In my opinion, the paper by Baillie and Wagstaff is the primary reference, though should be read in combination with Pomerance, Selfridge, and Wagstaff. Consensus over time is that the Selfridge (method A) parameter selection should be used. Other variations commonly used include the extra-strong test, the "almost" extra-strong test, and Frobenius tests. See the page "Pseudoprime statistics, Data, and Tables" for more info and links.

To answer your Mathematica questions:

  1. Based on Pinch (1993), Mathematica used to do a base 2 strong pseudoprime test, as it should, but used a borked "Lucas" test that was not the test Baillie et al. indicated. Pinch found pseudoprimes to their test. He also indicates that Wolfram modified their Lucas test in some way, but not to use the Lucas test that should be used for BPSW. Without information from Wolfram, we don't know what they've done in the last 24 years since then. Perhaps they beefed up their "Lucas" test and added the base-3 M-R test to cover up issues. Maybe they're now using a proper Lucas test. We don't know.

  2. If the correct Lucas test was used, then the base 3 test could be removed and we'd be left with a similar BPSW test to that used by most other packages. We'd know there were absolutely no counterexamples less than 2^64, and no known larger counterexamples. Adding another test, whether base 3 or a random base, would add a bit more certainty for >64-bit inputs. I don't think that's a bad idea.

  3. Replacing the base-2 test with a random-base test is, in my opinion, a bad idea. We have well known results for using base 2, including the very nice no-64-bit-counterexamples one. It makes the test deterministic. While using a random base will still retain the anti-correlation property with regard to the Lucas test, it has different tradeoffs. Personally I think it's a better idea to use a proper BPSW test (base 2 SPRP + strong/AES/ES Lucas) plus one or more random-base tests if you want to defeat adversaries who secretly know BPSW pseudoprimes. Or add the extra work for a Frobenius test on top of the Lucas test.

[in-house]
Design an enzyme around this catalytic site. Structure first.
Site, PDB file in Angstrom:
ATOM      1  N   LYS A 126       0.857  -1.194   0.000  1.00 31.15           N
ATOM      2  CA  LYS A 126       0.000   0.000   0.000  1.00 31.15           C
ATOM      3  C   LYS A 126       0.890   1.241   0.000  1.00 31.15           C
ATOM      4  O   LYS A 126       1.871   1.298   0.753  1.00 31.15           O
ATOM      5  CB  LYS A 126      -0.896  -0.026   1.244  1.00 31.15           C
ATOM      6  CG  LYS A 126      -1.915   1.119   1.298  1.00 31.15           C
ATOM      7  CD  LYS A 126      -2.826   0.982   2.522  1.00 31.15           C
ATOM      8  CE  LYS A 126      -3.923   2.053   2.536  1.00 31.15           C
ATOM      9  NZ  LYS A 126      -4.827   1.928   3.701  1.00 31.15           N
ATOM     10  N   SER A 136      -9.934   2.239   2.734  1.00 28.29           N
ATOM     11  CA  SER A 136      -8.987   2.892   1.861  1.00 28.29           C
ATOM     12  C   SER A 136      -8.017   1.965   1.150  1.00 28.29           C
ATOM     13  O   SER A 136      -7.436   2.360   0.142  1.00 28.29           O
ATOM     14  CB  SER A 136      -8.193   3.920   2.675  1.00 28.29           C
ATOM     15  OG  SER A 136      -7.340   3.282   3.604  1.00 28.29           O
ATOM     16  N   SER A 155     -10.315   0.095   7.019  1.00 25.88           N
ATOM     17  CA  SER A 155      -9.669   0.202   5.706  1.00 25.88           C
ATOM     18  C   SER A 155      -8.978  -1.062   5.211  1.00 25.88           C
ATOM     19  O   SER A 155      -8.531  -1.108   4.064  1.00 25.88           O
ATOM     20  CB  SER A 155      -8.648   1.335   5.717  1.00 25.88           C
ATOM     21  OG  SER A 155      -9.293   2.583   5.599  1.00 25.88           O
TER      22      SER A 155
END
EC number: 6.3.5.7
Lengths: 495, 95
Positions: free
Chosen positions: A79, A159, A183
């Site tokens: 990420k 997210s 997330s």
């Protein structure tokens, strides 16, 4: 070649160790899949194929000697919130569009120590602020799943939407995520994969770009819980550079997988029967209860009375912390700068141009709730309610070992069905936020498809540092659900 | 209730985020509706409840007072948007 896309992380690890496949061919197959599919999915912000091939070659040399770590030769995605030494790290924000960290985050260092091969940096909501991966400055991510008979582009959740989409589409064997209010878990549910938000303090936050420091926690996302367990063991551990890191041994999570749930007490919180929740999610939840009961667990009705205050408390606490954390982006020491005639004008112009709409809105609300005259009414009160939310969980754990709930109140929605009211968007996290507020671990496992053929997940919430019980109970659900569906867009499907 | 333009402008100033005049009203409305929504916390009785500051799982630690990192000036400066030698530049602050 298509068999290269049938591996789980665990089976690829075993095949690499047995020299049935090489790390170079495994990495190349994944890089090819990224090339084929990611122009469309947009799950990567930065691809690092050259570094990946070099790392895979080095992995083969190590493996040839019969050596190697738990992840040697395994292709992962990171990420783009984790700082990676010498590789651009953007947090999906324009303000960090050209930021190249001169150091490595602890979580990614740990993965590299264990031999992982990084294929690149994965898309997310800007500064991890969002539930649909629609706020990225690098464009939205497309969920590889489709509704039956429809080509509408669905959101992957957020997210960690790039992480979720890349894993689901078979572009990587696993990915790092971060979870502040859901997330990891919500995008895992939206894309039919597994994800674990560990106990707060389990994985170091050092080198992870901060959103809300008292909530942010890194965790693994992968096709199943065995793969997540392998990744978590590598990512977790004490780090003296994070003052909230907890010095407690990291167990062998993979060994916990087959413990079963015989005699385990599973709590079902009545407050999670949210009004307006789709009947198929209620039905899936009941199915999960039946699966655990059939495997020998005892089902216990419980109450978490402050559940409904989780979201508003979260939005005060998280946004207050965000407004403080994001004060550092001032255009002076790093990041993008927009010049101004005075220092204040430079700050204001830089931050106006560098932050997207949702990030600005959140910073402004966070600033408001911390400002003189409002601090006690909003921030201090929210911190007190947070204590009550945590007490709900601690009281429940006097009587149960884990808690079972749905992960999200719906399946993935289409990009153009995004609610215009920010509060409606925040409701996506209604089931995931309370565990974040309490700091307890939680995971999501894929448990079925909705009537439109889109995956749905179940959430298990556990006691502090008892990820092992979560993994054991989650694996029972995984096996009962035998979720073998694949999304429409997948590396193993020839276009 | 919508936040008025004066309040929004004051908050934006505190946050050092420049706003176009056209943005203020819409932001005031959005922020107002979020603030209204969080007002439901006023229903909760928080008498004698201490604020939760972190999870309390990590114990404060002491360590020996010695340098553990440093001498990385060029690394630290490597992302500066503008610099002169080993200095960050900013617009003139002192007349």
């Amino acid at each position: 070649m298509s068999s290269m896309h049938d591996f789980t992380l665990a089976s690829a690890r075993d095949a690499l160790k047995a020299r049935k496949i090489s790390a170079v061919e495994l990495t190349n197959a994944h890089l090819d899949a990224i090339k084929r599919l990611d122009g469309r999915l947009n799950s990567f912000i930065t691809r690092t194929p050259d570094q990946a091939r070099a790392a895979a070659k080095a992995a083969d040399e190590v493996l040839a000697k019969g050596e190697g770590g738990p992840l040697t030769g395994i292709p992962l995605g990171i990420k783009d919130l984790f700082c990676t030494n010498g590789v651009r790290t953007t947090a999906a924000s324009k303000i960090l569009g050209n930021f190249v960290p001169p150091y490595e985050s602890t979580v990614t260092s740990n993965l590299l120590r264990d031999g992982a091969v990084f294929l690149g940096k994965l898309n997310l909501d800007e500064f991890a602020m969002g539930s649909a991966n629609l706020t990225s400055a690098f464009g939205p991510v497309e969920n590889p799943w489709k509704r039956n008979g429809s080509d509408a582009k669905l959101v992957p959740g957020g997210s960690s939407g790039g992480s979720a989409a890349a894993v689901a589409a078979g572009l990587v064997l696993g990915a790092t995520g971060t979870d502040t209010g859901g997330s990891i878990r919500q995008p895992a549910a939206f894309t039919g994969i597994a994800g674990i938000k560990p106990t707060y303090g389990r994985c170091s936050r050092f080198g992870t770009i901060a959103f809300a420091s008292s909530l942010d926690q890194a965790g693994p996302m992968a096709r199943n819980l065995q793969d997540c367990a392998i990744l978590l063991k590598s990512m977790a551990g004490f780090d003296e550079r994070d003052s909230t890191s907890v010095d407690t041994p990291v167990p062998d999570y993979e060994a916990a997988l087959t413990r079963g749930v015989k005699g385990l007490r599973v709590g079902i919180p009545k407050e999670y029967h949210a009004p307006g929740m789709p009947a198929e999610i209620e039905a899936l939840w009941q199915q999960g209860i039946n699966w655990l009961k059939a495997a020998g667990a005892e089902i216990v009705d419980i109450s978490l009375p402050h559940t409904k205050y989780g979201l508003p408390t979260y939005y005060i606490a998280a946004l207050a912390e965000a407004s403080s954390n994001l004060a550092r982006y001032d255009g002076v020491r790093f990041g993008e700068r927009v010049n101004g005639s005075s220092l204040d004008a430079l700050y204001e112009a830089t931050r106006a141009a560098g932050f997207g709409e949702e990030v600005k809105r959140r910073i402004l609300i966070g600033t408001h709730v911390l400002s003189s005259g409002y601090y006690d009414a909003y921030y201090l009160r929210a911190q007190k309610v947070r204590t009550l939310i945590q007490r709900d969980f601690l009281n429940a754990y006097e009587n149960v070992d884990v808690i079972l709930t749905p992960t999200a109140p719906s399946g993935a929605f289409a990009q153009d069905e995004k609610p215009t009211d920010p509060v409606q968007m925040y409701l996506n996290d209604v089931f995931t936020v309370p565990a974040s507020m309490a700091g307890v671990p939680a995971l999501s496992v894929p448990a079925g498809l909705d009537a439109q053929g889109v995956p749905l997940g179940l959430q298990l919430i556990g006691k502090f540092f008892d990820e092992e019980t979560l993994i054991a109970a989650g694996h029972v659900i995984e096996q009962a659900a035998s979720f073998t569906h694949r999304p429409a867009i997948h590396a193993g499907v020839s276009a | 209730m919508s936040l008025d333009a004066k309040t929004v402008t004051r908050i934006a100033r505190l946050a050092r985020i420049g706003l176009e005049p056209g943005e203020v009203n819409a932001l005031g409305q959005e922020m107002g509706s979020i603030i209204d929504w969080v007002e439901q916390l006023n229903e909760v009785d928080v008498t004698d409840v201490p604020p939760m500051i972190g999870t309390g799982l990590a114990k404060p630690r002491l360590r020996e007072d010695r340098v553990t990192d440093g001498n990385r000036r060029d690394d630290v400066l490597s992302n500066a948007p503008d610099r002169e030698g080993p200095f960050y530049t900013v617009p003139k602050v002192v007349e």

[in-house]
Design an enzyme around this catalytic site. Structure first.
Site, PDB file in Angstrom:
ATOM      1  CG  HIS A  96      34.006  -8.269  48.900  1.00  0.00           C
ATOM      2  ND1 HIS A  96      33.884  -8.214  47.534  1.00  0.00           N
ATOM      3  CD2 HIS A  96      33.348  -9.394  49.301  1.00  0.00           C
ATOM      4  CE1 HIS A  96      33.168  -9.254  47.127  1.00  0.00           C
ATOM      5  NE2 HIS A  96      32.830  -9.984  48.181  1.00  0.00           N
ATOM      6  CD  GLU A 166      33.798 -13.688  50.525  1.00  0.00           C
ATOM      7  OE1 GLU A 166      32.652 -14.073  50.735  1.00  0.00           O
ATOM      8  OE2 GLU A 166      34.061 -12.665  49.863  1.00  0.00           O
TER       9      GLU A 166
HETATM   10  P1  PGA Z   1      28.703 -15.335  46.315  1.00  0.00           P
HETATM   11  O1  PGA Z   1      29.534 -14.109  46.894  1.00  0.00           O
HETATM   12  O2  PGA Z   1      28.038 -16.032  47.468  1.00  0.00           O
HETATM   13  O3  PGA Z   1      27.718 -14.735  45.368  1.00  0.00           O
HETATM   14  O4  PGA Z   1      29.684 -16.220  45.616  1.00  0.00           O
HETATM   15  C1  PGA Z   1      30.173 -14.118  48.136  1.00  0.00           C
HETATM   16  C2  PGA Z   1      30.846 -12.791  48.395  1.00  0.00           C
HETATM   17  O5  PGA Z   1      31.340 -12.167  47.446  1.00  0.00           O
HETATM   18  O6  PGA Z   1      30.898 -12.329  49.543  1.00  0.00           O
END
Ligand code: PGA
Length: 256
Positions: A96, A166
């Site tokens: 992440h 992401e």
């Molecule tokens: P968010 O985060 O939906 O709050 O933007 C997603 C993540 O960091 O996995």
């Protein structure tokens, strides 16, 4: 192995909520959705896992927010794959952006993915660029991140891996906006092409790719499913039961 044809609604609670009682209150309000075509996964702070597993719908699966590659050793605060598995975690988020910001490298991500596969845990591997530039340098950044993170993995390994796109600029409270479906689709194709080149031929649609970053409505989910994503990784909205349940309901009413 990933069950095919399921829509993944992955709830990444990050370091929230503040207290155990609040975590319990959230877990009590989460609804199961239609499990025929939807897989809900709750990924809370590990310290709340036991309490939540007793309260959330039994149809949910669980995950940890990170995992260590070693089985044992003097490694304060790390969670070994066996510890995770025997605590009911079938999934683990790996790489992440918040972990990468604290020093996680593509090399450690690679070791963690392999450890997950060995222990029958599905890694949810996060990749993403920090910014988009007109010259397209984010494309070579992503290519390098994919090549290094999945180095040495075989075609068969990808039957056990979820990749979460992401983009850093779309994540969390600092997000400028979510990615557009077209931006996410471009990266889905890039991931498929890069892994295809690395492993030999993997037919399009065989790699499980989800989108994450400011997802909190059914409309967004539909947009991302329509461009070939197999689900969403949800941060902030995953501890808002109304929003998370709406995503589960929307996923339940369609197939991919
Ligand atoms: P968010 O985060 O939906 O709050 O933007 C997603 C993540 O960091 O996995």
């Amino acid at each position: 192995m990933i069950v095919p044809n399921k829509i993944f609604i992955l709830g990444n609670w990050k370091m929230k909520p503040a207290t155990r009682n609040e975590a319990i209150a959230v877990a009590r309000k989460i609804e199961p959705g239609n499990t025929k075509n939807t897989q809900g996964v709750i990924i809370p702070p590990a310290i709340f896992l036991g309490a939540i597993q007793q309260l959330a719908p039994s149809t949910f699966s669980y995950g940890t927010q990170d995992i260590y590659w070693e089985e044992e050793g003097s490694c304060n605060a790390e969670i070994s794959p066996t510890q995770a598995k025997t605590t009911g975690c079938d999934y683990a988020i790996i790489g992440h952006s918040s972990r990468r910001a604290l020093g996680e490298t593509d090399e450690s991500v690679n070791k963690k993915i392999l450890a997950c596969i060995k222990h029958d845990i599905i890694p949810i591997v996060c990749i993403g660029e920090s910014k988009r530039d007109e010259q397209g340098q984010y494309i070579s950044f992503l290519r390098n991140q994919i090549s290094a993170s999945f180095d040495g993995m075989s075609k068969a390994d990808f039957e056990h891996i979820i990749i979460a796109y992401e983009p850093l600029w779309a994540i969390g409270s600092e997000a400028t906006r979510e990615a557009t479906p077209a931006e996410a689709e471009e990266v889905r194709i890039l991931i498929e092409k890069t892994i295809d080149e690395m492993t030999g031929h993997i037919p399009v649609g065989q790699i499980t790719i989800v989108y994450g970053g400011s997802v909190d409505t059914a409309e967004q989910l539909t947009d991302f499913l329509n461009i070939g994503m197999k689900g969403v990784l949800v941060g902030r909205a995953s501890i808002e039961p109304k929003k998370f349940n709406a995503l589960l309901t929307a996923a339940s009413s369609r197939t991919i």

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You are asking two questions. I will only answer the first.

It is very likely that Mathematica uses the base 2 and 3 test as an optimization. These bases are probably faster to test (because of their magnitude), and they work for both numbers. You can skip this test if you want, but the resulting function would be slower on average.

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  • $\begingroup$ The trial division is an no-brainer optimization. The base-2 test is part of BPSW so can't be skipped. Adding a base-3 test is the real question. A Lucas test costs 1.5-2x a M-R test. The base-2 test catches most composites, especially for large inputs. So either we're trying to speed up base-2-pseudoprimes at the expense of primes, or we're trying to reduce the chance of a counterexample for large inputs. I suspect the latter, but with no evidence other than the reasoning above. $\endgroup$ – DanaJ Jan 27 '17 at 22:14